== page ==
Nine lives: Memorial Hall has taken on many roles in its long history
Published 12:00 am Sunday, February 24, 2008
If Memorial Hall were a person it would surely qualify for some type of lifetime achievement award.
Memorial Hall, on Pearl Street, has its own uniqueness, a history that is both lost and preserved.
Natchez’s city leaders first began to plan the buildings construction in 1850.
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Though the building was not completed for three more years it is unlikely that the city’s leaders knew how things would evolve, fall into disrepair and ultimately be resurrected.
Over the years the building has led a storied life as a school, opera hall, skating rink, library and museum and now functions as a federal courthouse.
Much of what is known about the building is passed on via word-of-mouth from an increasingly shrinking population of people who once used the building, through articles written in local publications or from the occasional student working on a dissertation project.
Phyllis Seawright an associate professor of theater at Mississippi College wrote her dissertation on Memorial Hall.
Seawright said trying to find information on the hall is like looking for a needle in a haystack.
“It has such a full history but it’s just so hard to find the information,” she said.
Originally used as an auditorium for the Natchez Institute, a local school in the mid-1800s, the building soon began its metamorphosis around 1883.
In the latter part of the 1800s the building lent its basement to the public library where it remained until 1965.
Around 1887 articles in The Daily Democrat refer to the hall as an opera house.
Madrid born teenage opera star, Adelina Patti gave one of her last performances at the hall before returning to Europe in the late-1800s.
Performances like Patti’s were commonplace during the hall’s heyday.
“Natchez was determined to establish itself as a cultural center of the old Southwest,” Seawright said.
And not even the Civil War could slow down the use of the hall.
Seawright said the hall was used to host benefits for those wounded in battle along with orphans and widows from the war.
The hall was also used to host balls for the Union Army during Natchez’s occupation in 1862.
In the 1880s and 1890s the hall was also used for an indoor skating rink and indoor baseball diamond.
However the hall did not see some of its biggest changes come until the mid-1900s.
In 1921 the hall’s name was changed from Institute Hall to Memorial Hall to memorialize soldiers from World War I.
From 1932-1940 the building was home to Natchez’s famous Pilgrimage balls.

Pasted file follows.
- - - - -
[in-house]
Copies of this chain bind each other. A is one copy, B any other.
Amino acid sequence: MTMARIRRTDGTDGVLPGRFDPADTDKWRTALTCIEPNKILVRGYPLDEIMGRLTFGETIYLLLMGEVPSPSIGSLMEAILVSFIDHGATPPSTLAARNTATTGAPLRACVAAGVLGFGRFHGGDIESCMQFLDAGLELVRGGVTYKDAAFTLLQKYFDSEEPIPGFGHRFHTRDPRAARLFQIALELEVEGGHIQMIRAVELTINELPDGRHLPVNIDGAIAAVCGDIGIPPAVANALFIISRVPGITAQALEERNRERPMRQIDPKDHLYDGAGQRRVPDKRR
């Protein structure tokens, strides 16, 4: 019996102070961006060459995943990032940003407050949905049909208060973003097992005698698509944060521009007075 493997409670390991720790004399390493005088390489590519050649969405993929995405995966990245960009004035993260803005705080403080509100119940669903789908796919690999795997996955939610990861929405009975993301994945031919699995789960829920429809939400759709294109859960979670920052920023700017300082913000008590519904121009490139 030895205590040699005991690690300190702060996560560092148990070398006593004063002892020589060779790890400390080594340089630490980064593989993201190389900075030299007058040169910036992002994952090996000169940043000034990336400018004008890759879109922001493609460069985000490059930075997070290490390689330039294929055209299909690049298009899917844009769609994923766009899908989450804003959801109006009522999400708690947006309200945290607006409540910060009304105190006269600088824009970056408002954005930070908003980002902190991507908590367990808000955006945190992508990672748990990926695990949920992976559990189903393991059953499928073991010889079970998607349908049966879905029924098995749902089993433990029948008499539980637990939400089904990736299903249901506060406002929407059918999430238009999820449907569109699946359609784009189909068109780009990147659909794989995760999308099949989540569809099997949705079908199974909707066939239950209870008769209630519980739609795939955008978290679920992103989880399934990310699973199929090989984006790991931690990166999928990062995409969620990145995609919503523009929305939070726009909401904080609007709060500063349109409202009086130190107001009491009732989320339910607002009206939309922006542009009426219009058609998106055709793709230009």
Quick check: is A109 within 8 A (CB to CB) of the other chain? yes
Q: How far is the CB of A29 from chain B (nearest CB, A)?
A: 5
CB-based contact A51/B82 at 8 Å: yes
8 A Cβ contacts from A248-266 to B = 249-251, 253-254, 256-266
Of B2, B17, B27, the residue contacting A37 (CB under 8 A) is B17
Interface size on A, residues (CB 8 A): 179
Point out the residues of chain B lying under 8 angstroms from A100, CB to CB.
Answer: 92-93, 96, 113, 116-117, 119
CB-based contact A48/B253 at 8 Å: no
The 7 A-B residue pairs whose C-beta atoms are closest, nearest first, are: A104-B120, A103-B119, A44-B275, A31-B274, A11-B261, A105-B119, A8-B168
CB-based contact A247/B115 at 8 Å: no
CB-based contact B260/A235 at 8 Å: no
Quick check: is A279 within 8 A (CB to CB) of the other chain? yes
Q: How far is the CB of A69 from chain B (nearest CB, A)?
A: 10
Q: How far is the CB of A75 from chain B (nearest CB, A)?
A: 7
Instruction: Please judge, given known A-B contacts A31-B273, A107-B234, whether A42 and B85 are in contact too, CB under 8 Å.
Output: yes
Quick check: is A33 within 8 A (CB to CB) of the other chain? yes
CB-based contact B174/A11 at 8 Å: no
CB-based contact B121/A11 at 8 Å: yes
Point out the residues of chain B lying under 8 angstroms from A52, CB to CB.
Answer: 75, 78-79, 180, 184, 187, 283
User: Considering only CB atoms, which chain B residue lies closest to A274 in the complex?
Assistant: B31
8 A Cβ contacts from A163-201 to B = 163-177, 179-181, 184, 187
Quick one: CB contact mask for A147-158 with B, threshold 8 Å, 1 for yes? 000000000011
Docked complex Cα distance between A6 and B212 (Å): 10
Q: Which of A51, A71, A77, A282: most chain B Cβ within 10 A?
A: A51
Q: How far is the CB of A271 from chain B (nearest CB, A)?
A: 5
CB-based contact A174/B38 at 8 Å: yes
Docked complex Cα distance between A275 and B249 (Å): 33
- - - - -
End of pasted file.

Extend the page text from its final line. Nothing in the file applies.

In 1940 when the new Natchez Municipal Audtorium was completed Memorial Hall was practically abandoned.
When the library left the building in 1965 it was used as a museum until 1987.
The Historic Natchez Foundation acquired the building in 1987 when city building inspectors condemned it.
Much of the ceiling had collapsed.
In 1991 HNF agreed to hold the building for use by the Natchez Opera Festival, but in 1999 the opera decided to go elsewhere and the foundation transferred the ownership of the building to the city to be developed into a federal courthouse.
And so on Oct. 23, 2007, Memorial Hall came back to life, again, as a federal courthouse.
Historic Natchez Foundation’s Preservation Director Mimi Miller said the credit for having the court moved from Vicksburg to Natchez goes to former Natchez Mayor Larry L. “Butch” Brown and Judge David Bramlette.
“They put a lot of work and a lot of years into that building,” she said.
Brown said he first brought up the idea of having the court moved in a conversation with Sen. Trent Lott in 1993.
“It’s not an easy thing to do, move a federal court,” he said.
But Brown and Bramlette did ultimately have the court moved after more than a decade of trying.
And having the court moved and
the building refurbished have truly anchored it in Natchez.
The court, unlike an opera house or skating rink, cannot go out of business.
Bramlette said while the amount of cases the courthouse hosts may vary, the court itself will not be going anywhere.
And it’s a good thing the building isn’t going anywhere because its amazing restoration would be missed downtown.
Walking through the front doors visitors to the court are greeted by the original grand staircase.
Bramlette said the staircase is one of his favorite parts of the entire building.
“It’s magnificent,” he said. “It was deliberately preserved to maintain the grandeur of the entrance.”
While the staircase is grand the rest of the building is not too bad either.
The entire building has been renovated in a way that preserves the structure’s essence while giving it a modern feel and modern amenities.
J. David Waggoner III, of Waggoner and Ball Architects, said the firm began a study on the restoration project seven years before its completion.
“A building is not meant to be empty,” he said. “This is going to be a great addition to Natchez.”
And that’s proved true so far.
“What has happened to that building is an excellent example of a terrific restoration,” Miller said.